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In this brilliant critique, Terry Eagleton explores the origins and emergence of postmodernism, revealing its ambivalences and contradictions. Above all he speaks to a particular kind of student, or consumer, of popular "brands" of postmodern thought.
Posted September 12, 2000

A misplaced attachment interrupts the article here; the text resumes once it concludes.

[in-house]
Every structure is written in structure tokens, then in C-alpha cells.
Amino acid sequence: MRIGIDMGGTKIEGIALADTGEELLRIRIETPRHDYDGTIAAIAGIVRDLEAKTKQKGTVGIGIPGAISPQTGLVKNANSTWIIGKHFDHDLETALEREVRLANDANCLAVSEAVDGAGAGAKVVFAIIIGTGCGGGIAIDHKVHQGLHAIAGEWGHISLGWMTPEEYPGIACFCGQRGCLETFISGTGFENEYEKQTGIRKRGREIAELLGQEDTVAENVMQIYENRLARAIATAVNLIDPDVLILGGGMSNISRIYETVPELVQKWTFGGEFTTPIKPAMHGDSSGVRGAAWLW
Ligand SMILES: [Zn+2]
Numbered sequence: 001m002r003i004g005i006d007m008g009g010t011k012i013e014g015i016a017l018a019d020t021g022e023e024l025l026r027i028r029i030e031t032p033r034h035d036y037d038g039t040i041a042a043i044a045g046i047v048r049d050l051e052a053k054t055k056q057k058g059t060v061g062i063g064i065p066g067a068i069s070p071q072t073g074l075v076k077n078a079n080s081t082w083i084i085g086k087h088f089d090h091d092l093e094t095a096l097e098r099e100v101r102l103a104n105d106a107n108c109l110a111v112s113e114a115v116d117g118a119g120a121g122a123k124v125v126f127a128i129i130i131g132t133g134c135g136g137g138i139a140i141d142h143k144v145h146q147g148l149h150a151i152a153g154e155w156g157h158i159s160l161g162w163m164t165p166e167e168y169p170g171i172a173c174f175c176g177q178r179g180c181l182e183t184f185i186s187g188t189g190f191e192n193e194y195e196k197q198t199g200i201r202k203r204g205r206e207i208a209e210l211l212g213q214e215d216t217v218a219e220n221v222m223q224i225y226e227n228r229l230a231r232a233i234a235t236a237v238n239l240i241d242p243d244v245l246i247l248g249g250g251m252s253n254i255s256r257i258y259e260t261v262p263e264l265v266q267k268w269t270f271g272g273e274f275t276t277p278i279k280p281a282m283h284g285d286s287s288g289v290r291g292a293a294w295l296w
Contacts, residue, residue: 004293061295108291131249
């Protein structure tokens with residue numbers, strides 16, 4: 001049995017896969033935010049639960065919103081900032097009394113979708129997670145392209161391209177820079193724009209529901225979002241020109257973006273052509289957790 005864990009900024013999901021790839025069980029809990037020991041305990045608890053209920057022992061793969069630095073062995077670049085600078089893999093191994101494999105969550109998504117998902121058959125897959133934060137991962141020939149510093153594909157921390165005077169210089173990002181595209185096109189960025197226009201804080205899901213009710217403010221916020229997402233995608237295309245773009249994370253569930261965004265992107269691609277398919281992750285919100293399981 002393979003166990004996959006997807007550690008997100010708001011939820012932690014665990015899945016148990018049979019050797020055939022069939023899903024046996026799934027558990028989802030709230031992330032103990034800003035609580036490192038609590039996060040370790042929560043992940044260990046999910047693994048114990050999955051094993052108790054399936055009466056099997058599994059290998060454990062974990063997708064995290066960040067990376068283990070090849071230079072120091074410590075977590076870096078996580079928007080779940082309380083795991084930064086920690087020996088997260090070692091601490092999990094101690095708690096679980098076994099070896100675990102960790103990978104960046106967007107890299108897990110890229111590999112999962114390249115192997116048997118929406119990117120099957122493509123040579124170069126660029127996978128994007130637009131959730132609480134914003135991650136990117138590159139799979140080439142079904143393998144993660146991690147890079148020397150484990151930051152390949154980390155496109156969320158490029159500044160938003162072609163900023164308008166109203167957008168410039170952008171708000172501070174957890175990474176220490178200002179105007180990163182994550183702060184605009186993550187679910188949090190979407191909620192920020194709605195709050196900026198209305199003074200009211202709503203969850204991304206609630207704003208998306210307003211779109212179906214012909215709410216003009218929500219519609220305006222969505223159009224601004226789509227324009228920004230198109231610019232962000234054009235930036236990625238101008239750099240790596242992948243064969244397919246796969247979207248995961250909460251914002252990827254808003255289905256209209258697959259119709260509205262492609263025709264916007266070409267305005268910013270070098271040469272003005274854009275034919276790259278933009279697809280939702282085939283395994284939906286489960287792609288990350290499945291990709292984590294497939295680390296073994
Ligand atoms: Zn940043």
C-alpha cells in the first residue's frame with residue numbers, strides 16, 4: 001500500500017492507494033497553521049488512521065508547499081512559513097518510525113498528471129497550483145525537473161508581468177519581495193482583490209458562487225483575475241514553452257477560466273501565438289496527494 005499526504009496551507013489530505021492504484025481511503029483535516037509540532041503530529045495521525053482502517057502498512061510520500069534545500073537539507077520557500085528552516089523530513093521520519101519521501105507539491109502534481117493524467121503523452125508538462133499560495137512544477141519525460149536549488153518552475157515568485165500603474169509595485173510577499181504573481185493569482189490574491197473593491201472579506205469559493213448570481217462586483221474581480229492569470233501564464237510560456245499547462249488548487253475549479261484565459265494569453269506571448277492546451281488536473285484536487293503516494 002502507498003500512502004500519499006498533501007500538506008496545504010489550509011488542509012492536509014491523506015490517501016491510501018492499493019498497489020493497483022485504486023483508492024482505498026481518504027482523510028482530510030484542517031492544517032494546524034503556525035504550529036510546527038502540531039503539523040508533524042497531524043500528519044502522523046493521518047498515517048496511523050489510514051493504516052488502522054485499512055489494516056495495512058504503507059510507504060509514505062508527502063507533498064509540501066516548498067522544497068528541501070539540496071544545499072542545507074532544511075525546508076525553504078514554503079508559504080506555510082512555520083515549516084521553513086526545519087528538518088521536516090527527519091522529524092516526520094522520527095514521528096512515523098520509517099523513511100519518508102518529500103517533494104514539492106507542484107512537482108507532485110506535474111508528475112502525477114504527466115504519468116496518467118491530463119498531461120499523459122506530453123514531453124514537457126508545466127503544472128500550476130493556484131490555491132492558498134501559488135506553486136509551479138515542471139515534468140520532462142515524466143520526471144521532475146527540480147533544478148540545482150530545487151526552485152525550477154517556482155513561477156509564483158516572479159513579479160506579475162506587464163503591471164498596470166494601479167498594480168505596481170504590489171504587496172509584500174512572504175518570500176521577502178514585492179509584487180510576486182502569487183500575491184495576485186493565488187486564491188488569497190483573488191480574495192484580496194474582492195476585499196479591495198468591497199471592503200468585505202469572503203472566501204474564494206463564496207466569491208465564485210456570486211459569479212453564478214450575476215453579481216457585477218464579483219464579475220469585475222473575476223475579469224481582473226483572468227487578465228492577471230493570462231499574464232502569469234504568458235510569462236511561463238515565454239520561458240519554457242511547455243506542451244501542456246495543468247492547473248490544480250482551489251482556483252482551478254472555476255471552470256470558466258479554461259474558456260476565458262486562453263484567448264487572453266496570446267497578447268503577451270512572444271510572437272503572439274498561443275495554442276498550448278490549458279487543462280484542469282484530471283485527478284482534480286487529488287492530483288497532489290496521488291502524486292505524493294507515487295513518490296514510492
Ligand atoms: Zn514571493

Nothing Eagleton writes in this book is untrue. He offers a caveat to would-be 'postmodern' enthusiasts: Don't be seduced by the rhetoric of 'incommensurable narratives', 'alterity', or whatever. But this book should not be read as an argument against postmodern theory as such. Eagleton suggests this himself--the book treats complex issues at such a high level of generality that no theorist who usually falls under the postmodern banner would disagree with anything he says. I think the value of this book lies in Eagleton's implicit argument that one should practice a kind of intellectual integrity that is genuinely thorough and critical, exactly what store brands of postmodernism discourage. I come away from the book with a sense of responsibility to avoid being suckered into the mystifying wastelands of alterity.
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